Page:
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Treaty between Mexico and Iceland – details

The first-time income tax treaty between Mexico and Iceland was signed on 11 March 2008 and entered into force on 10 December 2008. The treaty generally applies from 1 January 2009. The treaty was concluded in the Spanish, Icelandic and English languages, each text having equal authenticity; in the case of any divergence, the English text prevails. The treaty generally follows the OECD Model Convention.

The maximum rates of withholding tax are:

-   15% on dividends in general, reduced to 5% if the beneficial owner is a company (other than a partnership) holding directly at least 10% of the capital of the company paying the dividends;
-   10% on interest in general, subject to specific exceptions for, inter alia, (i) interest received by, or paid to, a state, a political subdivision or central bank of a state, (ii) interest paid in respect of (minimum 3-year period) loans granted, guaranteed or insured by specific financial institutions; and
-   10% on royalties.

Deviations from the OECD Model Convention include:

-   Art. 4: Where a person other than an individual is a resident of both states, the competent authorities of the states shall by mutual agreement endeavour to settle its status. In the absence of such agreement, such person shall not be entitled to claim relief or exemption from tax provided by the treaty (Para. 3). A partnership is a resident of a state only to the extent that the income it derives is subject to tax in that state as income of a resident (Para. 4). A pension fund established under the laws of a state is regarded as a resident of such state (protocol).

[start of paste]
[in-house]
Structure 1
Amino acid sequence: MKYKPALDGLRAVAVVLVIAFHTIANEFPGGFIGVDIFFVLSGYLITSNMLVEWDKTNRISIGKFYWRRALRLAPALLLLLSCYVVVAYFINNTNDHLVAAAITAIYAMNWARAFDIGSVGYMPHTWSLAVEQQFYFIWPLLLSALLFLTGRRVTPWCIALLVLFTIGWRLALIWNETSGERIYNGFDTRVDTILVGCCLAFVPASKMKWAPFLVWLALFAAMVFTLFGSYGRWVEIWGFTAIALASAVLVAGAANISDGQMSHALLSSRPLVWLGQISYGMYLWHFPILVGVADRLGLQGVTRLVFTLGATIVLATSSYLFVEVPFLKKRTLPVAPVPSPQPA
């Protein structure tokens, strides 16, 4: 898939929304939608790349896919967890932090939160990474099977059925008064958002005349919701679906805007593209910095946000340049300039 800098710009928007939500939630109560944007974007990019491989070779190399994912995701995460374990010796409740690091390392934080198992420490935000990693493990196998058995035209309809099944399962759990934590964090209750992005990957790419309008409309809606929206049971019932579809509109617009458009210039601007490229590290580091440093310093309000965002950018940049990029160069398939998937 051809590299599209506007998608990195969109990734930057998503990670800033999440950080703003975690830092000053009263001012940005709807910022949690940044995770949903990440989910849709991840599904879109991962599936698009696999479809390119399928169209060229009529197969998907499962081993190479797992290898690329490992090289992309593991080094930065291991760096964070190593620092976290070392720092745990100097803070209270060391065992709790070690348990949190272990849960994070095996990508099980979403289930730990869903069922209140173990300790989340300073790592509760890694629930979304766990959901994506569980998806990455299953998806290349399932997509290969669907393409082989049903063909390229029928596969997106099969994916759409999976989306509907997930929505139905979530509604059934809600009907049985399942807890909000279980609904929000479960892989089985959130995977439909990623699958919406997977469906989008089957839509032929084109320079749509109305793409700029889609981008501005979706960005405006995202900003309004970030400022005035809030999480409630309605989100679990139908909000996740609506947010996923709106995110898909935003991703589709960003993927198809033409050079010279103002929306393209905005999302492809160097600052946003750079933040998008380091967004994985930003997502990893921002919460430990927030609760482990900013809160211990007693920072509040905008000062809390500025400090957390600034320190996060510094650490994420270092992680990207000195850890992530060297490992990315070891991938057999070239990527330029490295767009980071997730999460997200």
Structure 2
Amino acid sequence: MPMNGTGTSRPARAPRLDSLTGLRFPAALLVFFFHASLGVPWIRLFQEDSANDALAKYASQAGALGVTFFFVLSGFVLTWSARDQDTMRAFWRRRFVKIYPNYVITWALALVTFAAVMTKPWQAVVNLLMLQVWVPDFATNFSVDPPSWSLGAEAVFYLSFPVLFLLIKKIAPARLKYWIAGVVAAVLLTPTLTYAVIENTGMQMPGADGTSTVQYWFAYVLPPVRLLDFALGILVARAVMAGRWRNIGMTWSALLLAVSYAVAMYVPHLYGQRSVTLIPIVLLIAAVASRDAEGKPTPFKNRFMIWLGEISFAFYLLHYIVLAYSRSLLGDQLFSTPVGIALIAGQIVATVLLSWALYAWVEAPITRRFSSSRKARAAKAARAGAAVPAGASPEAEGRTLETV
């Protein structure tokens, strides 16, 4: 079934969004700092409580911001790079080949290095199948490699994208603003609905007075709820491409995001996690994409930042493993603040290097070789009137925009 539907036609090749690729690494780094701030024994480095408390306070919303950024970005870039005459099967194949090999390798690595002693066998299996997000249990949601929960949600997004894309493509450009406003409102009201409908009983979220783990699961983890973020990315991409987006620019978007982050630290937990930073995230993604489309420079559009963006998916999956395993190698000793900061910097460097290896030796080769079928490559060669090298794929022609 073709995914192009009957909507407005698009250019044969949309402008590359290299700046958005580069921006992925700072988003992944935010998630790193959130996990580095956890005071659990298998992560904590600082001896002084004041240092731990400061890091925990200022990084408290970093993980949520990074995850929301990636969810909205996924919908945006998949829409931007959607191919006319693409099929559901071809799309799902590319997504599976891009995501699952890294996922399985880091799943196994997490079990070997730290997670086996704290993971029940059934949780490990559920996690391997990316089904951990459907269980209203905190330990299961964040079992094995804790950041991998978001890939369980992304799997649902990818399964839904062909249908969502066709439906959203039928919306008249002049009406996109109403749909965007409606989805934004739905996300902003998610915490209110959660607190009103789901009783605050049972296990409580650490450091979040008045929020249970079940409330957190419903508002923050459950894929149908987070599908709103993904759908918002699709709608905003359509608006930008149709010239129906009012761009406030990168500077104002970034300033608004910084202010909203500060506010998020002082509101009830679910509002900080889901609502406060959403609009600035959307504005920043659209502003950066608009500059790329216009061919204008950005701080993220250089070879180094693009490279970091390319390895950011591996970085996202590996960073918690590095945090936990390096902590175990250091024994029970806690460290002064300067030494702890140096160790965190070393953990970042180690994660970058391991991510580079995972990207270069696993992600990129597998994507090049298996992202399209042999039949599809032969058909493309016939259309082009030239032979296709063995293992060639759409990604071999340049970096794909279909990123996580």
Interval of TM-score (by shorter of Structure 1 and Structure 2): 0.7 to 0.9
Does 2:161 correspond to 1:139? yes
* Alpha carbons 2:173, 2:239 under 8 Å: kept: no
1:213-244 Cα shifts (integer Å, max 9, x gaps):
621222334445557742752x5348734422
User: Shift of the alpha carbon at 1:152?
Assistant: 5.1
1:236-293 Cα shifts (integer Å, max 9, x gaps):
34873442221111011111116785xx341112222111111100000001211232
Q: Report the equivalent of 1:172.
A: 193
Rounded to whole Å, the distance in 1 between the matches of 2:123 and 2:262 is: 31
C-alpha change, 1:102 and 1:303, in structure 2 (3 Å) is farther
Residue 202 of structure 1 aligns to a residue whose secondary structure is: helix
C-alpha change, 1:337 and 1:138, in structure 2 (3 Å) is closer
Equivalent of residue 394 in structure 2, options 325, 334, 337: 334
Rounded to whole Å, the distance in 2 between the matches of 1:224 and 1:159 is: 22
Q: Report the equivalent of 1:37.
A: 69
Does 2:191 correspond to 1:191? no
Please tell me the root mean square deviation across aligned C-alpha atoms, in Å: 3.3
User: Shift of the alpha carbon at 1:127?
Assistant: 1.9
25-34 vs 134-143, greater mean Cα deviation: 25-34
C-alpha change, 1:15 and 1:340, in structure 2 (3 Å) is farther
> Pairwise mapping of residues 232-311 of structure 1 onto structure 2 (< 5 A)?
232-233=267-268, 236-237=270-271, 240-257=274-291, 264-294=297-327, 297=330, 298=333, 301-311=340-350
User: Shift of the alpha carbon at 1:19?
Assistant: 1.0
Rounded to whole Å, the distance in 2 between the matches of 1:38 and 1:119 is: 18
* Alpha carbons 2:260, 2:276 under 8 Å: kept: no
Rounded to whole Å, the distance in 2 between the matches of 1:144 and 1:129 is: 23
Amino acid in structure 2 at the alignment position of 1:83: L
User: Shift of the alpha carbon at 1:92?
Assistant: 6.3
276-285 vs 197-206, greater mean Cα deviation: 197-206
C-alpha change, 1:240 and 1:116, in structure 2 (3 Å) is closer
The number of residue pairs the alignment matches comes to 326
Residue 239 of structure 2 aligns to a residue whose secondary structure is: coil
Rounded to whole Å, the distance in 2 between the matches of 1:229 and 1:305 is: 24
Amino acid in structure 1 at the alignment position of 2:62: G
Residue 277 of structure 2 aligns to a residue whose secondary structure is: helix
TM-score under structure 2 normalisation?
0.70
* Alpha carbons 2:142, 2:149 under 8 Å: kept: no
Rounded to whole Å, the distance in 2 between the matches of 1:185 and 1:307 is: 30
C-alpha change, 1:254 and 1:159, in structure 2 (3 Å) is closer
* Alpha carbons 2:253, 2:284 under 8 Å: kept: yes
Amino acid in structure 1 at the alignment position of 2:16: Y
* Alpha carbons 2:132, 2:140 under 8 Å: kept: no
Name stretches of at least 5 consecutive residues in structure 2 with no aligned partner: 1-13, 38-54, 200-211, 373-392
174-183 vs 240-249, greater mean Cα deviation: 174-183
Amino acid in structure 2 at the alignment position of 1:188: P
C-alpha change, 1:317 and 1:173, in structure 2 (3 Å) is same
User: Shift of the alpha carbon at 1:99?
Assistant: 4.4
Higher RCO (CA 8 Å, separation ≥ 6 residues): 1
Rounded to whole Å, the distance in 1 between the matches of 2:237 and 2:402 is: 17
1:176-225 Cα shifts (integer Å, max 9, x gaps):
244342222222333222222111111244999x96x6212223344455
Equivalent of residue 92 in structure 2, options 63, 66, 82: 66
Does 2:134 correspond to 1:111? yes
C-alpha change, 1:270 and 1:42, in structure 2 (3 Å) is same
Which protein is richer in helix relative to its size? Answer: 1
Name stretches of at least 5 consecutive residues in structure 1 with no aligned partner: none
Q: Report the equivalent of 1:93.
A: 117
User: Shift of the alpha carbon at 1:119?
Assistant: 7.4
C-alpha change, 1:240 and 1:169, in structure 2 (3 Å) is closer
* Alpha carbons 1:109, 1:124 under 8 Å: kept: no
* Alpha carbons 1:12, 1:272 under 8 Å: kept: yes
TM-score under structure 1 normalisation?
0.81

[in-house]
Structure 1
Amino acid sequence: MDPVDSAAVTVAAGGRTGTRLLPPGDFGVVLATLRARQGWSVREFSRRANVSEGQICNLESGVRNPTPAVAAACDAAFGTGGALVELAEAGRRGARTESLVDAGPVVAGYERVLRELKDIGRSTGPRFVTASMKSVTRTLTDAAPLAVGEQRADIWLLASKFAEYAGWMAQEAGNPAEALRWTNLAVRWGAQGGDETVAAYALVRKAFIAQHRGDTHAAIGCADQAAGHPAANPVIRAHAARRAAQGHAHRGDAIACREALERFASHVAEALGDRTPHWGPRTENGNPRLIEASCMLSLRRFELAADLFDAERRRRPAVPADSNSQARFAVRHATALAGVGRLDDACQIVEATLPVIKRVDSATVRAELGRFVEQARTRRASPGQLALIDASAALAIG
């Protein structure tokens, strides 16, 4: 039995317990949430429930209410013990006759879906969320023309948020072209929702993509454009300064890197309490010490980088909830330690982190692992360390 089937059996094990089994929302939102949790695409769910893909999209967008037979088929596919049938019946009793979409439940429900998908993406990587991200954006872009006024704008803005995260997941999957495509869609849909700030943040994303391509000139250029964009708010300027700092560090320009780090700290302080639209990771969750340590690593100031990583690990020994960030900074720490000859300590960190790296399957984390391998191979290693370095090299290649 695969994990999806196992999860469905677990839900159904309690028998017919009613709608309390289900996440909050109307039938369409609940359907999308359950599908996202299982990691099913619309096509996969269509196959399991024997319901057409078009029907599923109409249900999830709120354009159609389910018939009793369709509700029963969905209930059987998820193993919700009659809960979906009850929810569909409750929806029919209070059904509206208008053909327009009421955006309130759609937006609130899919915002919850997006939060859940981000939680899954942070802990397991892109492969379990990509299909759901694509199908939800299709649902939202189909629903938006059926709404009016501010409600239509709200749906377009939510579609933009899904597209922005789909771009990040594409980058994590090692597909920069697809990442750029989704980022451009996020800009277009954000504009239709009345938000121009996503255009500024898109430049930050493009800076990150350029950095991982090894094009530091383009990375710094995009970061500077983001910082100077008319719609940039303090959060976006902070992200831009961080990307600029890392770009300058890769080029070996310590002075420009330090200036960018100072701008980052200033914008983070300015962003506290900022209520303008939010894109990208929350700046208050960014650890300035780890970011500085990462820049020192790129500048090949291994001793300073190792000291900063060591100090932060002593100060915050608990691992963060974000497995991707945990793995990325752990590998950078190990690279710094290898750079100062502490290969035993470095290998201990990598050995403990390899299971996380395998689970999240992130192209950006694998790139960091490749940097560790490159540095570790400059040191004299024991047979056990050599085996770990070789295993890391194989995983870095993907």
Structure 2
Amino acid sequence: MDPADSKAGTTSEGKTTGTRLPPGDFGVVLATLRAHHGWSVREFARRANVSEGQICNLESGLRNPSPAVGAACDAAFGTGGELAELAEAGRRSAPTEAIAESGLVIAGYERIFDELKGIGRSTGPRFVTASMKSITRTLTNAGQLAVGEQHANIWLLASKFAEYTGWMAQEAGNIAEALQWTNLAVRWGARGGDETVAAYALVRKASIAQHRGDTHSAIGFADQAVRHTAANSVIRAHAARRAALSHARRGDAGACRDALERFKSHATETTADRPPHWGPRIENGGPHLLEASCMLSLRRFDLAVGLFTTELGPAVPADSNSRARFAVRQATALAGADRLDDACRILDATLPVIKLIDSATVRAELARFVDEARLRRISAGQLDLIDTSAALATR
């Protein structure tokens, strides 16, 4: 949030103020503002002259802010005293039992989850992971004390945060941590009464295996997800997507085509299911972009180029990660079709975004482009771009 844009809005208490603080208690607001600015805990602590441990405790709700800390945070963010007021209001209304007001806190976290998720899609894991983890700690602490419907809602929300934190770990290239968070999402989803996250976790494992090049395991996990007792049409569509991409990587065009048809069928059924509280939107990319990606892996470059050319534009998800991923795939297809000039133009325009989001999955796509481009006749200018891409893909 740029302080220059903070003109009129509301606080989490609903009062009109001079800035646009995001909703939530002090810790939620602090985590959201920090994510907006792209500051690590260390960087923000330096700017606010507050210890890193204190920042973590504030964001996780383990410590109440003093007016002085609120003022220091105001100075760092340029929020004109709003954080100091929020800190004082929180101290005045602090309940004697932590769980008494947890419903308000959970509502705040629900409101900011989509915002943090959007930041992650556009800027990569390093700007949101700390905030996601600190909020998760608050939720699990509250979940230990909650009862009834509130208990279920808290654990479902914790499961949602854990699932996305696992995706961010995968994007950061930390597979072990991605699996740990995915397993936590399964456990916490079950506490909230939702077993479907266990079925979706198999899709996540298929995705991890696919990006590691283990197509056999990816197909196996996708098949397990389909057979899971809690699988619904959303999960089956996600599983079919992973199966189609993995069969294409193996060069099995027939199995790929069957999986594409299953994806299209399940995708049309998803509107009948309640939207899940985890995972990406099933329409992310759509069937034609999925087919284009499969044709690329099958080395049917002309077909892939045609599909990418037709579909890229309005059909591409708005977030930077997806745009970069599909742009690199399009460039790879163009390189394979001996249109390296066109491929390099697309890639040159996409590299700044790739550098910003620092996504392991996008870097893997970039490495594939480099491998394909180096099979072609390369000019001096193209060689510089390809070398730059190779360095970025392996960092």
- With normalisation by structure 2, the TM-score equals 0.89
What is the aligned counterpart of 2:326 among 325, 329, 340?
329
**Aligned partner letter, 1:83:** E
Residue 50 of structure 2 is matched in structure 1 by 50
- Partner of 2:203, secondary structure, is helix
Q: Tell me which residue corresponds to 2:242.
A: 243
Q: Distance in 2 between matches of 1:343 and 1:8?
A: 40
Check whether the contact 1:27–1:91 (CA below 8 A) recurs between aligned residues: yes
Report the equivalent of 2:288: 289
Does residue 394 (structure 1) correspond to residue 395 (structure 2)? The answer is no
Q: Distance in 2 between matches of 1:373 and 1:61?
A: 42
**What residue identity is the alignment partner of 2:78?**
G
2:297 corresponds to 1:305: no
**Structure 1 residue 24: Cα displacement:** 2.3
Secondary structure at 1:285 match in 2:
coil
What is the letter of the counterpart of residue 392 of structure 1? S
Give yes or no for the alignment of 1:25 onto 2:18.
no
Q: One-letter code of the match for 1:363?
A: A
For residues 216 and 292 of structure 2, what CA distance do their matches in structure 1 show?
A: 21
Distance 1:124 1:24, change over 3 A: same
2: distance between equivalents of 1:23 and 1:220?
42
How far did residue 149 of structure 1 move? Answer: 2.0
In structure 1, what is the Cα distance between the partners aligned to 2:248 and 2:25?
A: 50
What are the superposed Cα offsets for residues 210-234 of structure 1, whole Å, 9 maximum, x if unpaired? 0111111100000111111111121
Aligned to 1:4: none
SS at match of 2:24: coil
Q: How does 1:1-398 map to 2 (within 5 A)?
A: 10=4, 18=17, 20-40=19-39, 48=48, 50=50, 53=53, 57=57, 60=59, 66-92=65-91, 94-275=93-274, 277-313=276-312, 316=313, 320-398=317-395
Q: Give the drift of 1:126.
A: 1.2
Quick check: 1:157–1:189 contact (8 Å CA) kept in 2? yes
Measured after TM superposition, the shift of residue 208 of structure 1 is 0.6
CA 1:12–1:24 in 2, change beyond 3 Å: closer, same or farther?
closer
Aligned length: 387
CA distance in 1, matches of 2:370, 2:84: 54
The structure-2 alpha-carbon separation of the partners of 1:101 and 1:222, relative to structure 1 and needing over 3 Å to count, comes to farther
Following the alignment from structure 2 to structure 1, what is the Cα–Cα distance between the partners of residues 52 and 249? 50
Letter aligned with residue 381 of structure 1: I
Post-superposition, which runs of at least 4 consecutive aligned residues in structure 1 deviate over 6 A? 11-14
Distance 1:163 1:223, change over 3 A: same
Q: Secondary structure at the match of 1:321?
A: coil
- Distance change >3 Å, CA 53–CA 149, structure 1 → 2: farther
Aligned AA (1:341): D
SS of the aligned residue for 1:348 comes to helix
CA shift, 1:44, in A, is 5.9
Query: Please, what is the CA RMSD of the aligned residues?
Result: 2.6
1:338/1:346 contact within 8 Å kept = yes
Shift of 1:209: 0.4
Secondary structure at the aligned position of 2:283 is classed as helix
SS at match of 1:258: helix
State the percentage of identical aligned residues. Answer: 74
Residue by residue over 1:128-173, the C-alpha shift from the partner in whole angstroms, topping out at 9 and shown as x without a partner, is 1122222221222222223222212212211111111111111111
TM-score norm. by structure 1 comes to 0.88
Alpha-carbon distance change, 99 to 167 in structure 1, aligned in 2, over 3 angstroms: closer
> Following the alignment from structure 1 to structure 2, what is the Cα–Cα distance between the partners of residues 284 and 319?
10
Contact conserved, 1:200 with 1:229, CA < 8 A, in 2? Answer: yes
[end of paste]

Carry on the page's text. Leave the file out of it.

-   Art. 5: A permanent establishment (PE) includes (Para. 3): (i) a building site or a construction, assembly or installation project, or any connected supervisory activity, only if it lasts for more than 6 months; period of activities carried on by associated enterprises are aggregated if the activities are identical or substantially similar; and (ii) the furnishing of services, including consultancy services, by an enterprise through its employees or other personnel engaged by the enterprise for such purpose, if such activities continue within a state for a period or periods exceeding in the aggregate 6 months within any 12-month period. An insurance enterprise is, except in regard to reinsurance, deemed to have a PE if it collects premiums in the territory of the other state or insures risks situated therein through a person other than an independent agent (Para. 6).
-   Art. 7: The profits of the enterprise may be taxed in the PE state but only so much of them as is attributable to the PE; or sales in that other state of goods or merchandise of the same or similar kind as the goods or merchandise sold through that PE, unless the enterprise demonstrates reasons other than obtaining a benefit under the treaty (Para. 1). In determining the profits of a PE, no deduction for expenses are allowed in respect of specific amounts paid (other than towards reimbursement of actual expenses) by the PE to the head office of the enterprise or any of its other offices, i.e. royalties, fees or other similar payments for the use of patents or other rights, commissions for specific services performed or for management, or (except in the case of banks) interest on money lent (Para. 3).